QSA responds to CMA’s provisional decision report on funeral industry
As was widely reported in the national press, last month the Competition and Markets Authority (CMA) published its provisional conclusions from the funerals market investigation which it has been working on since March 2019.
Continuing to engage constructively with this process, QSA’s Down to Earth team has submitted a full response to the CMA’s report, drawing as ever on its casework experience of supporting people struggling with funeral costs.
Key points from Down to Earth’s response:
- We are pleased that the CMA has recognised problems with the functioning of the funeral director and crematoria markets, with “high and increasing prices, well above the rate of inflation, over a sustained period” causing “a substantial and enduring detrimental effect on customers”. From our experience of supporting people struggling with funeral costs over the last 10 years we wholeheartedly agree with the analysis that the markets are not functioning well, meaning that bereaved people are not getting good value for money
- We are very supportive of the CMA’s proposal to require all funeral directors and crematorium operators in the UK to provide transparent pricing information; however we are disappointed that this requirement does not extend to all packages that funeral directors offer or to the actual, local third party costs
- Whilst mandatory pricing information will help, we do not believe that it goes anywhere near far enough to address customer detriment, without the introduction of other measures such as price controls on both funeral director and crematoria services. The CMA has, for the foreseeable future, postponed further consideration of price controls and some other potential remedies which it had identified, due to the impact of Covid-19 on the funerals industry
- We are pleased to see the provisional recommendation for the UK government and the devolved administrations in Wales and Northern Ireland to follow Scotland’s lead by establishing an inspection and registration regime for funeral director services. We hope, given that a broader regulatory regime is sadly no longer being proposed at this time, that this first step does not become the only step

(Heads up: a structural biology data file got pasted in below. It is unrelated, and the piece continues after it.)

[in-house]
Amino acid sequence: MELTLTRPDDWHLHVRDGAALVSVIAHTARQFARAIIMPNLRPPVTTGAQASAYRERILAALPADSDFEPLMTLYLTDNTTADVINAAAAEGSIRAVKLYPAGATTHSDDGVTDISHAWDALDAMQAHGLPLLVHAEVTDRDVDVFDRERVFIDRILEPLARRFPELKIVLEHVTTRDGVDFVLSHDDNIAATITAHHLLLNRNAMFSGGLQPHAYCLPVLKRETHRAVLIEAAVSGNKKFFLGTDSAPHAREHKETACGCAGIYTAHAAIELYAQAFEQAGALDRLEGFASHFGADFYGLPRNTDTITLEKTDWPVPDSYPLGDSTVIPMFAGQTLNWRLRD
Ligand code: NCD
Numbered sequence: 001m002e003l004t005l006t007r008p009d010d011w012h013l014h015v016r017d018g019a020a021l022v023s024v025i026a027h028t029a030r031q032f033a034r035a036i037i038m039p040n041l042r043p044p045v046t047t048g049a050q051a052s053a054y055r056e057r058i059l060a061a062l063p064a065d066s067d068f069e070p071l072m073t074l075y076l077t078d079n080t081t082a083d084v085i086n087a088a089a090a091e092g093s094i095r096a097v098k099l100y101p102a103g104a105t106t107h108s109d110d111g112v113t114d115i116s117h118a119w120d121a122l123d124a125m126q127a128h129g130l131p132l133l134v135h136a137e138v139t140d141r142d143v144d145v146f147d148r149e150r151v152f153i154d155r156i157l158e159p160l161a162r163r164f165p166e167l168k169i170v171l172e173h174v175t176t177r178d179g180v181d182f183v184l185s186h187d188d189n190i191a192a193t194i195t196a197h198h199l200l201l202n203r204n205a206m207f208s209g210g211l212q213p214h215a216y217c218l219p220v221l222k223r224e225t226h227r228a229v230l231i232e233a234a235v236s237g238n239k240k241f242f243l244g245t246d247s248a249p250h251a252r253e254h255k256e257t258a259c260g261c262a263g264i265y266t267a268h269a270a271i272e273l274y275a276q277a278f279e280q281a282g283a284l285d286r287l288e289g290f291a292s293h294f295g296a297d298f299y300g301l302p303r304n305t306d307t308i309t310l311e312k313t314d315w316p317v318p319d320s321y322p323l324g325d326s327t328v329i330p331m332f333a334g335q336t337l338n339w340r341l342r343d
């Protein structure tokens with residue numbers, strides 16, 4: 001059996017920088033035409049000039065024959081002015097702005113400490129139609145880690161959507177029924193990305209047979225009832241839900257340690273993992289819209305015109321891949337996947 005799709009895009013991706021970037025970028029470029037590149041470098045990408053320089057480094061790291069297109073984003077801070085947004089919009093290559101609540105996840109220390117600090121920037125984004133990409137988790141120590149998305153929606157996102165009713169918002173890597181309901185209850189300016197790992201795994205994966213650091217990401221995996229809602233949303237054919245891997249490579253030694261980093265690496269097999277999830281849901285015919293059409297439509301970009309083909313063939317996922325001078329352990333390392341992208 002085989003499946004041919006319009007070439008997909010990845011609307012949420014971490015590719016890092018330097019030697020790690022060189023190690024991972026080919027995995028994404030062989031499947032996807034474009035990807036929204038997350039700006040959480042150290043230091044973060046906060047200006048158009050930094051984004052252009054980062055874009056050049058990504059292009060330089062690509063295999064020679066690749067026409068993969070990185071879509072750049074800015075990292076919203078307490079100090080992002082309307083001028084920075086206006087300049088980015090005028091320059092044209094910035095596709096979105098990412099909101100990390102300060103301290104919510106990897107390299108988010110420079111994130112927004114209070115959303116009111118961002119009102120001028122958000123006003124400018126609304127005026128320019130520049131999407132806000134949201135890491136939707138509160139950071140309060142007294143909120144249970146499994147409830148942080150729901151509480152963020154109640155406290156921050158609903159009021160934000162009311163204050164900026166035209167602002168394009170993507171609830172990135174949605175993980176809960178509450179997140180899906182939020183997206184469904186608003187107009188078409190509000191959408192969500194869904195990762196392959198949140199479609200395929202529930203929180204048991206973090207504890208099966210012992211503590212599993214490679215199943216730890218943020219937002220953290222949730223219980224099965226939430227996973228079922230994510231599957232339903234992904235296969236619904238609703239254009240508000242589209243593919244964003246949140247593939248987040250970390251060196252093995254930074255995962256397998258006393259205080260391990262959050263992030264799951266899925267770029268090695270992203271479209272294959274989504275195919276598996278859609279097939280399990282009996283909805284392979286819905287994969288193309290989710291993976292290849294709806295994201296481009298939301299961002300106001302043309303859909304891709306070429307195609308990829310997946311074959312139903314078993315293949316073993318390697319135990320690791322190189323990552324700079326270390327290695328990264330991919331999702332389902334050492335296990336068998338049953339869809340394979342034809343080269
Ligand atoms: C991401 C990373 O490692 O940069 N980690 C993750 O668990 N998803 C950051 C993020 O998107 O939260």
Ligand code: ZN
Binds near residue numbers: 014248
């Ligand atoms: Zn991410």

- It is also positive to see the CMA recognising the deep emotional distress caused by “back of house” quality problems that can occur in the care of the deceased, and we are pleased that the CMA is proposing some form of regulation for funeral directors’ back of house standards. However we are very surprised that the CMA does not have concerns about the quality of “front of house” services – i.e. customer care of bereaved people – as the Down to Earth team has provided evidence of concerns from its extensive casework experience. We are therefore very disappointed that front of house standards do not appear to be included in proposals for regulation
- We note the absence of proposals to establish an independent dispute resolution scheme for customer complaints about funerals. We continue to believe that a centralised, independent complaints resolution service should be established which is free to the consumer.
Overall, the CMA’s conclusions and recommendations will – provided they lead to action – represent some progress in tackling funeral poverty. However it is crucial to the wellbeing of bereaved people all over the UK that the good work the CMA has done so far and the remedies identified are not abandoned and that further measures are implemented.